In the movie Star Wars: Episode IV—A New Hope, the Death Star was designed to be the perfect weapon, with enough firepower to destroy a thousand star systems. Yet a small, ragtag group was able to blow it up. If only Emperor Palpatine had consulted with testers, all of the Death Star’s vulnerabilities could have been found and addressed!
Michael Mak's great comparison of quality assurance and testing could have saved the Death Star--and maybe the Dark Side really would have had cookies for everyone.
What went wrong? If only Emperor Palpatine had consulted with testers, all of the Death Star’s vulnerabilities could have been found and addressed before it went KA-BOOM!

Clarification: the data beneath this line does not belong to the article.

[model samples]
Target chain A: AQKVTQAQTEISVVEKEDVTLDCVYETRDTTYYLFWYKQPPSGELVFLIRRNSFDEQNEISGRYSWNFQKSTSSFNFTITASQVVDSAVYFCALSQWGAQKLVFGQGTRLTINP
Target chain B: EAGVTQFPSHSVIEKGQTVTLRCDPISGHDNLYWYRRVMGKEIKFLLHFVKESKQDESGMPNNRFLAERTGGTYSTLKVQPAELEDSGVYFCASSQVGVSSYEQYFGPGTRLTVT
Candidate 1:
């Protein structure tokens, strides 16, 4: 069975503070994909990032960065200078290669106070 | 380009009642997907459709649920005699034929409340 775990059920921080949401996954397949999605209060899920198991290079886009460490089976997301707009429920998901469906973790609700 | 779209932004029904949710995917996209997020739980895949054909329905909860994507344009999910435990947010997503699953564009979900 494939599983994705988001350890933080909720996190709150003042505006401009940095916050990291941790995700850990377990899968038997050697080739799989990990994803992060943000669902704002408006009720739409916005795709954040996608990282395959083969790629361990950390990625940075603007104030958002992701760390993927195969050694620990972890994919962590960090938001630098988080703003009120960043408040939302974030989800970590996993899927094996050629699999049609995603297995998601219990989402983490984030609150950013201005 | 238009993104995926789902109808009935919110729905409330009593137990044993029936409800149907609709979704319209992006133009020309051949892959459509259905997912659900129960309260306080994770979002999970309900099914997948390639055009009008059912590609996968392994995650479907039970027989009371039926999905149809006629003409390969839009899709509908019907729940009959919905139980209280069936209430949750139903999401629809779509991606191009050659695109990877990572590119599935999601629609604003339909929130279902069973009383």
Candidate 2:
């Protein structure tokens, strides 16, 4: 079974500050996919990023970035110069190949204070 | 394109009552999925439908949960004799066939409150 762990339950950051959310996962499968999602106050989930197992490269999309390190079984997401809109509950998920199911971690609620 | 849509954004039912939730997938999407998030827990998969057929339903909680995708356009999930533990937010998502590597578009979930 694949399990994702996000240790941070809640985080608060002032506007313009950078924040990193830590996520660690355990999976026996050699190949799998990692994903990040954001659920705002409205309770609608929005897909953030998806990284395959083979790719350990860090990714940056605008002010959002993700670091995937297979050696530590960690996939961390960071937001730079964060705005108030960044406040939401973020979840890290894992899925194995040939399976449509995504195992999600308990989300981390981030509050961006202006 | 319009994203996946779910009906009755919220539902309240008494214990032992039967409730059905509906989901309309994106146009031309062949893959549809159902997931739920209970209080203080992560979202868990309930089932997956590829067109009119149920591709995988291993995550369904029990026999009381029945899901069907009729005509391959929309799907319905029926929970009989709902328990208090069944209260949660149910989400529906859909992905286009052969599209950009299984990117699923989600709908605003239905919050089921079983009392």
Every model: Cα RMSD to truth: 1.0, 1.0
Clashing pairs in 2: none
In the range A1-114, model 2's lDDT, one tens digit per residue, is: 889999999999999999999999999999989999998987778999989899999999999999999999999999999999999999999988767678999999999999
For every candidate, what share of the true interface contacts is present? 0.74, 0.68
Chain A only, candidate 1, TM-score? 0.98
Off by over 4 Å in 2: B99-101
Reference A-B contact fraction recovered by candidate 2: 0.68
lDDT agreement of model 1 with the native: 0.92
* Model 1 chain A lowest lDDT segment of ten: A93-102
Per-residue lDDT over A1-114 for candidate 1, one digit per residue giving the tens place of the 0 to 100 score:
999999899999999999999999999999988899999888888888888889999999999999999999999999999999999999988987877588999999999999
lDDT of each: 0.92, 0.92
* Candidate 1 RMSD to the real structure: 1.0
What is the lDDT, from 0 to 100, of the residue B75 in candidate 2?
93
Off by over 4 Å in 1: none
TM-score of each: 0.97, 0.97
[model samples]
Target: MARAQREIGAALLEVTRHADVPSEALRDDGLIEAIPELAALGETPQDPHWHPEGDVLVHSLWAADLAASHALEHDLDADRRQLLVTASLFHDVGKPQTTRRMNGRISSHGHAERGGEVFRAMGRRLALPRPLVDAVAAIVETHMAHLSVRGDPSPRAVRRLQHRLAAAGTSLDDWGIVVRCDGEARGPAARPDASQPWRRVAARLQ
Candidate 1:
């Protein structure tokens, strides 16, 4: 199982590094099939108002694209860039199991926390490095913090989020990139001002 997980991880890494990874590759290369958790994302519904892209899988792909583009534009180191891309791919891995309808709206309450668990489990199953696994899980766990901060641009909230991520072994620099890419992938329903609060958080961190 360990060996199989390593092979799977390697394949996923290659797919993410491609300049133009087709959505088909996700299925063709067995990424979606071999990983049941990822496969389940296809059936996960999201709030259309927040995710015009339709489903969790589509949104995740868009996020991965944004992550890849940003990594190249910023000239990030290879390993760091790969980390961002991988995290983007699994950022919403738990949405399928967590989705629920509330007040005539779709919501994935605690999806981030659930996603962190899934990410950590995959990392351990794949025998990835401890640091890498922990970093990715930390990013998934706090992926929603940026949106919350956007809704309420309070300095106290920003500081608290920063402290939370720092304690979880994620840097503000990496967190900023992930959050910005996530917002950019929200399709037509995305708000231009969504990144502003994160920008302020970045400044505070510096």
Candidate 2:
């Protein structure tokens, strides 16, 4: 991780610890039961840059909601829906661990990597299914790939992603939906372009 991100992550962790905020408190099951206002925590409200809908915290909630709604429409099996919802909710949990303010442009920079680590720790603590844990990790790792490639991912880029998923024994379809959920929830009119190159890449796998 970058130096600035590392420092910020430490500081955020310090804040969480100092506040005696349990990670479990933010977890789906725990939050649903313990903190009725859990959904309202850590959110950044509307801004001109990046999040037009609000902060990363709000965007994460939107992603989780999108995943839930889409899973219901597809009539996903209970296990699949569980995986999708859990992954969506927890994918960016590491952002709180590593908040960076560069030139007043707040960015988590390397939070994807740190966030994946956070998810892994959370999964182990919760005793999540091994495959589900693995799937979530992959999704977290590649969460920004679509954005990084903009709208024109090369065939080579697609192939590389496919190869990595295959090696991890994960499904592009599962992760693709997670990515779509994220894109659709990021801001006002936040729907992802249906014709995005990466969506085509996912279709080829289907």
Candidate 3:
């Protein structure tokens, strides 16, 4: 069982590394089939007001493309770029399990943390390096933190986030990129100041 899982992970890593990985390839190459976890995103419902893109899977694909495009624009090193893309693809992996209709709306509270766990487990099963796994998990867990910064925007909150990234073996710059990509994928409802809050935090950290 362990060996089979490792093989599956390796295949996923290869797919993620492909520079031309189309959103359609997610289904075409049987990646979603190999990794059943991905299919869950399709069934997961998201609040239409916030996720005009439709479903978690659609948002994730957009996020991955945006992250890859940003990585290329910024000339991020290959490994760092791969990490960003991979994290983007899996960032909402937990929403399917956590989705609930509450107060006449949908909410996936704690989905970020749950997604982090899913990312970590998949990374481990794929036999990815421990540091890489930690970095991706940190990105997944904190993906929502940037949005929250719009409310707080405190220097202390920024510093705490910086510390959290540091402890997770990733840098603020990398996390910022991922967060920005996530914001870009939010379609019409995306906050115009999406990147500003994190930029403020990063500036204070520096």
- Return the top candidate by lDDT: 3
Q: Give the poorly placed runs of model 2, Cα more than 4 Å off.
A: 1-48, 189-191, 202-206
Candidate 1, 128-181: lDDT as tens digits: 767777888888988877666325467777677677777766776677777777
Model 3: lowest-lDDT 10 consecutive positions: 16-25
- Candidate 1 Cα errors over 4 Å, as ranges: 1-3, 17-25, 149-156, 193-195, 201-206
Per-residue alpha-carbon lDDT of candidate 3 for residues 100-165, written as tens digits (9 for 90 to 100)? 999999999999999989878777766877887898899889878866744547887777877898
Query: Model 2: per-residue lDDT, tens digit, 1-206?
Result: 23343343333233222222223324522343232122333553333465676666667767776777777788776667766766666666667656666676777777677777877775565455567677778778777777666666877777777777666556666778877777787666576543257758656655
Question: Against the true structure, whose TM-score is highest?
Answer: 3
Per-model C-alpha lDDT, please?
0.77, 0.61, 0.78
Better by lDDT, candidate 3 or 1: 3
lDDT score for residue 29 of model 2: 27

Master Jedi James Bach assesses risk—the danger that something bad will happen—using the following model:
THREAT –> VULNERABILITY –> PROBLEM –> VICTIM
A threat is a “condition or input external to the product that, were it to occur, would trigger a problem in a vulnerable product.”
A vulnerability is “something about the product that causes or allows it to exhibit a problem, under certain conditions (also called a fault).”
A problem is “something the product does that we wish it wouldn’t do.”
A victim is “someone that experiences the impact of a problem.” A bug is not important unless it victimizes humans—or sentient alien life forms. Unfortunately, Imperial Law does not recognize the victimization of droids, even though R2-D2 makes a sad whiny whistle sound. (There, there, R2. Master Luke wouldn’t appreciate a whiny robot.)